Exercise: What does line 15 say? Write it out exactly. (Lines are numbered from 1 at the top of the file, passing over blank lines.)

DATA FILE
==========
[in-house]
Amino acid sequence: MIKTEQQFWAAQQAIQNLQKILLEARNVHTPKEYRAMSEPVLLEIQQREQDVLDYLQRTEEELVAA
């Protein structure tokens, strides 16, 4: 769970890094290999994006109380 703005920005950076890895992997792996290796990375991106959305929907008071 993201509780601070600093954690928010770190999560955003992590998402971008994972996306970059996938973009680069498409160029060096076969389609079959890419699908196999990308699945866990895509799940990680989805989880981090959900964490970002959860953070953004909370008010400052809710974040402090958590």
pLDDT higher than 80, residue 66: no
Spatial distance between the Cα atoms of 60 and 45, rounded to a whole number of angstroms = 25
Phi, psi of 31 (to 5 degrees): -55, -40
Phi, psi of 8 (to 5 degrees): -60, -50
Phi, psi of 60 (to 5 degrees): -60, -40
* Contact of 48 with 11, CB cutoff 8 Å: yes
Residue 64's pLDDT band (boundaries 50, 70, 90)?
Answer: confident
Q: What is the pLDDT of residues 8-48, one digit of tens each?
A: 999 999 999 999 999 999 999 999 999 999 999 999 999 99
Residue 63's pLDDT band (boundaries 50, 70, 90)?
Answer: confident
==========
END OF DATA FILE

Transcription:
Answer: confident